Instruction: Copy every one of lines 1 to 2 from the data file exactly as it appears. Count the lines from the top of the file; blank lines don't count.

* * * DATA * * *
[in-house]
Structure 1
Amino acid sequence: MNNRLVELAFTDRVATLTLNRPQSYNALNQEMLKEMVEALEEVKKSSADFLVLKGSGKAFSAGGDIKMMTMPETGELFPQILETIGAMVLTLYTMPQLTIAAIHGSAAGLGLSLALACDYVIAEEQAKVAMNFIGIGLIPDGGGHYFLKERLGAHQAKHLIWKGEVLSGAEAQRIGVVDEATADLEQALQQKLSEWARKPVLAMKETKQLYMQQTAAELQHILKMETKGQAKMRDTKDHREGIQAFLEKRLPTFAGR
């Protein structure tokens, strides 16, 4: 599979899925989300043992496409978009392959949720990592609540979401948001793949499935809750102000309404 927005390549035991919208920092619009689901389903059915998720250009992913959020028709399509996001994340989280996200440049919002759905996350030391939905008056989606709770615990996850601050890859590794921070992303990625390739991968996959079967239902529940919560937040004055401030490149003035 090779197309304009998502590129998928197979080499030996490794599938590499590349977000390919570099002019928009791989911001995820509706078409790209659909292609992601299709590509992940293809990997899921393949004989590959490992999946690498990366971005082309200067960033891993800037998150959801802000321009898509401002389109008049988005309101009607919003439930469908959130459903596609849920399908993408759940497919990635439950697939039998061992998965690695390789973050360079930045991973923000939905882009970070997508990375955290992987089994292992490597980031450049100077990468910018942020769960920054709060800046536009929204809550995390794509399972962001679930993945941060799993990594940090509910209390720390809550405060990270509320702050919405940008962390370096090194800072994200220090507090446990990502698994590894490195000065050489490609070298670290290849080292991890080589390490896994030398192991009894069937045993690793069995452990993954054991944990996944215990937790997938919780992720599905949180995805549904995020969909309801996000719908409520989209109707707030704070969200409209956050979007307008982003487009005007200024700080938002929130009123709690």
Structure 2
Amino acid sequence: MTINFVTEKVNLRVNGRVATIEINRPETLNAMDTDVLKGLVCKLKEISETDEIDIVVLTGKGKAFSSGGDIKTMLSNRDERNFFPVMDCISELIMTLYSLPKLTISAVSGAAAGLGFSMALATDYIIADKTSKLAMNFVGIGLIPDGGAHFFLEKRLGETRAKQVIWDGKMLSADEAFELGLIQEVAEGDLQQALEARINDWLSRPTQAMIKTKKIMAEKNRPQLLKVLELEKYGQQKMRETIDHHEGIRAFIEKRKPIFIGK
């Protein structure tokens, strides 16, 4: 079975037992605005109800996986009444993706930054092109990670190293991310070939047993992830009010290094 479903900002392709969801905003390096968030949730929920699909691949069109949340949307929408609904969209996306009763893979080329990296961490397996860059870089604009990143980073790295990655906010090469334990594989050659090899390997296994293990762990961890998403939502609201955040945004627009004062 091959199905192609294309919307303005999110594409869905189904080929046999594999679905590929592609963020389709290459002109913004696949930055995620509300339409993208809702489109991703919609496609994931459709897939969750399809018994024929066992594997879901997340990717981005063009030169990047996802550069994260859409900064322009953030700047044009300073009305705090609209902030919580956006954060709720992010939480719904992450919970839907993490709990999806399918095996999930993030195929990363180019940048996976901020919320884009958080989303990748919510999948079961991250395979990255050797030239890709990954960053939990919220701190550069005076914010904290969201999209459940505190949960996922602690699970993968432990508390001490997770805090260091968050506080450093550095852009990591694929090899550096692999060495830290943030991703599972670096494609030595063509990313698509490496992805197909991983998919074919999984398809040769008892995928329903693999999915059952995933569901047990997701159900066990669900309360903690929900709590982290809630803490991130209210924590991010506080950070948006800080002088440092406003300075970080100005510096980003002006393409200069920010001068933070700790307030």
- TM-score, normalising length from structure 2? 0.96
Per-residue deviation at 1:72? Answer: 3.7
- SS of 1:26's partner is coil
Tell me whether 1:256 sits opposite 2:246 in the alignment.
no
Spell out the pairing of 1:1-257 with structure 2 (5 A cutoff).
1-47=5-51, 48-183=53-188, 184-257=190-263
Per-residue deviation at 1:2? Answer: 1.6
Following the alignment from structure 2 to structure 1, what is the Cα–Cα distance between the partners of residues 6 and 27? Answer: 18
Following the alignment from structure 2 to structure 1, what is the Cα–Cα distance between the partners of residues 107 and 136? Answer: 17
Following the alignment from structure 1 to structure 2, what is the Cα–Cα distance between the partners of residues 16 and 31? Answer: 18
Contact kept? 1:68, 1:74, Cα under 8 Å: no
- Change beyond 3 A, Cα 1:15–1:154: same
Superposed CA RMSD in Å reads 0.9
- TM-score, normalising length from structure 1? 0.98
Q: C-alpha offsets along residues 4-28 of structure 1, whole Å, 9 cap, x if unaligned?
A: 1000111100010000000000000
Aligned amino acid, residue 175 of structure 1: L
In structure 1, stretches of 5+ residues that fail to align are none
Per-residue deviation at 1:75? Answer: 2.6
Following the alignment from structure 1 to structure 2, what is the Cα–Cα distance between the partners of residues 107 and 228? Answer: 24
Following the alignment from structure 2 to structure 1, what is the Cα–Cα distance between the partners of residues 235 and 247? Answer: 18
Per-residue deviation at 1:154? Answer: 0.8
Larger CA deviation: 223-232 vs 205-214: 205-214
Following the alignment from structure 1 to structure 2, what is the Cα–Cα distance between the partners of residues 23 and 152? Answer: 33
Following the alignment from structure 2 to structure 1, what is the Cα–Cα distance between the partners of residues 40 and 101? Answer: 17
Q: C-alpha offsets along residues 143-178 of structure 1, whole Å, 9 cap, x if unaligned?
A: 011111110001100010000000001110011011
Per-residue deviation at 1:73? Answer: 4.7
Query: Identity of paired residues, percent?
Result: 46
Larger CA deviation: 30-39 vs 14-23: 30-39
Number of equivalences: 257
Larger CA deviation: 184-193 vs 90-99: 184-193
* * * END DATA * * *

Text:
[in-house]
Structure 1